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09 Aug 2010   #54
Laker

W7 x64 Ultimate
 
 

Digerati - What he said should suffice. Please stop trying to 'twist', 'manipulate' & 'exaggerate' the opposing idea to suit your own view point.
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09 Aug 2010   #55
gregrocker

 

All points of view expressed here have influenced my view on Startup time and I don't believe any are incorrect.

Previously I would have considered a one-minute Startup Time a performance problem in itself. Now I would be more inclined to offer options if Users wanted more items to start with computer.

Thanks.
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09 Aug 2010   #56
Digerati

Windows 7 Profession 64-bit
 
 

Quote:
.....speeeeeaking very slowwwwlyyyyy so you can underrrrrstaaaaand.....

Please stop trying to 'twist', 'manipulate' & 'exaggerate' the opposing idea to suit your own view point.
Whatever. It seems instead of providing links and justifications all either of you can do is attack on a personal front. And you call me unprofessional?

Quote:
And I wouldn't let an i7 system that booted slower than a 4 year old dell out the door by the way

90+ processes at startup vs ... less than 40
Talk about twist and exaggerate to suit a viewpoint! I never said anything of the sort, as anyone else reading can clearly see.

So since you feel it necessary to attack me personally and to fabricate scenarios to meet your viewpoints, instead of providing links or supporting evidence, I'm done here.
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09 Aug 2010   #57
Laker

W7 x64 Ultimate
 
 

Gregrocker - I wholeheartedly agree that all viewpoints are valid regarding acceptable boot times. Some may want to load many/all programs they want or will use at start up. It's your machine configure it to your liking. As I stated earlier:

Quote:
"Some may disagree as their computer is used for different purposes or prefer it be run a certain way. Great! That is the fun in optimizing your system to your personal tastes."
Unfortunately Digerati felt the need to not just disagree amicably or have an honest discusion. He rather seemed inclined to use examples that clearly did not relate to the proposed idea. The idea that 'While boot times do not affect performance they can be considered an effective indicator of system performance'. BUT only when run with minimal (bare bones) services & processes running at start up.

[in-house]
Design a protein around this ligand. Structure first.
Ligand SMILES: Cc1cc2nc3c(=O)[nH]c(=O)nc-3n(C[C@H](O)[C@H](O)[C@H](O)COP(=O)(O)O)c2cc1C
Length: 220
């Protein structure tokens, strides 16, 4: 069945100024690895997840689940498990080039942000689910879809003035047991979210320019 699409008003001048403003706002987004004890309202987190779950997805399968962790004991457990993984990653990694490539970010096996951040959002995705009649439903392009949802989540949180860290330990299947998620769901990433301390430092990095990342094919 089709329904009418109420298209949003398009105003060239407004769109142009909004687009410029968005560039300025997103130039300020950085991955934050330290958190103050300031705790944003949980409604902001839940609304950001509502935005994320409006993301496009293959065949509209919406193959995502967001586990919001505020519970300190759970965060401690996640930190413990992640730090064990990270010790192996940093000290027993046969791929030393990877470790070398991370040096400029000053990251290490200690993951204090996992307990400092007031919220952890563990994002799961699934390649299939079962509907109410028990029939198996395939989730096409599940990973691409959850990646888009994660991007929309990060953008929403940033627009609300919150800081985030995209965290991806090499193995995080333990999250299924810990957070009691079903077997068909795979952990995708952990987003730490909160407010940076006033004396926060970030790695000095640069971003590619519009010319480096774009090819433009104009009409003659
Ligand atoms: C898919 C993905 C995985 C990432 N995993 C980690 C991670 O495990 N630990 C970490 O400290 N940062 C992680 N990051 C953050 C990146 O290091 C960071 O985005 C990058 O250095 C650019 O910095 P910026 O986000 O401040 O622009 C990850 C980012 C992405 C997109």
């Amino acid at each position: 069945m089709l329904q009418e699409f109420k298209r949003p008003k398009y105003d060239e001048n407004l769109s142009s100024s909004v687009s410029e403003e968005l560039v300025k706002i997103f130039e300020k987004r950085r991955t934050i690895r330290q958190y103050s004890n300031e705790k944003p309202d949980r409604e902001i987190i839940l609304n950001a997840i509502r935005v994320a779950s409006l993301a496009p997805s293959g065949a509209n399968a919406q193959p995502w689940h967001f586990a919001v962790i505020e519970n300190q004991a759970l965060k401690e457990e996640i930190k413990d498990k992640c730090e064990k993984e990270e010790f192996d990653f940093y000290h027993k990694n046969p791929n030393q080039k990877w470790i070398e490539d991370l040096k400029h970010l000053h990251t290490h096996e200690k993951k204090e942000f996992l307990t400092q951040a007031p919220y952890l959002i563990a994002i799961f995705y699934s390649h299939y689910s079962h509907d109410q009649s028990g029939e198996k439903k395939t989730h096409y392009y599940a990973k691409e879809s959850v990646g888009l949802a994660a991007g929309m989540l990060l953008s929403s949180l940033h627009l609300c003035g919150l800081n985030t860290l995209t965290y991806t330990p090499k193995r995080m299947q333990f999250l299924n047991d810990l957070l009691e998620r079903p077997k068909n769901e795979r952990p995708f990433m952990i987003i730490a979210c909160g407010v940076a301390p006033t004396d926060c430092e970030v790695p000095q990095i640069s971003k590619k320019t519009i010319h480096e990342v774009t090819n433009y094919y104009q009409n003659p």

I do not think (and believe madtownidiot would agree) that users system's are performing poorly just because he/she likes to load many/all programs at start up. Even if it may take 2 minutes that idea is not what is being espoused. Compare systems 'run with minimal services & processes running at start up'. The key point that was missed. Here is when boot time comparisons becomes valuable for problems are now readily apparent and therefore more easily corrected. If you have an X25-M ssd and boot at 30 seconds compared to your friend's 20 seconds with a 5400 rpm hdd, you know there's a problem.

I will say I am disappointed with the outcome of this discussion. Especially as I have come to learn that this forum is one of the most informative, accurate & genuinely helpful communities on the net.
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10 Aug 2010   #58
CarlTR6

Windows 7 Ultimate 32 bit
 
 

Quote   Quote: Originally Posted by gregrocker View Post
All points of view expressed here have influenced my view on Startup time and I don't believe any are incorrect.

Previously I would have considered a one-minute Startup Time a performance problem in itself. Now I would be more inclined to offer options if Users wanted more items to start with computer.

Thanks.
+1 Very well said.
My System SpecsSystem Spec
10 Aug 2010   #59
Digerati

Windows 7 Profession 64-bit
 
 

Quote:
Unfortunately Digerati felt the need to not just disagree amicably or have an honest discusion. He rather seemed inclined to use examples that clearly did not relate to the proposed idea. The idea that 'While boot times do not affect performance they can be considered an effective indicator of system performance'. BUT only when run with minimal (bare bones) services & processes running at start up
Amicably? Please, where did I attack you? Where was I dishonest?

With all due respect, Laker, apparently you expect me to prove an negative (like trying to prove unicorns don't exist). Amicably? When I don't concede boot times are an indication of performance, you accuse me of being "intentionally obtuse".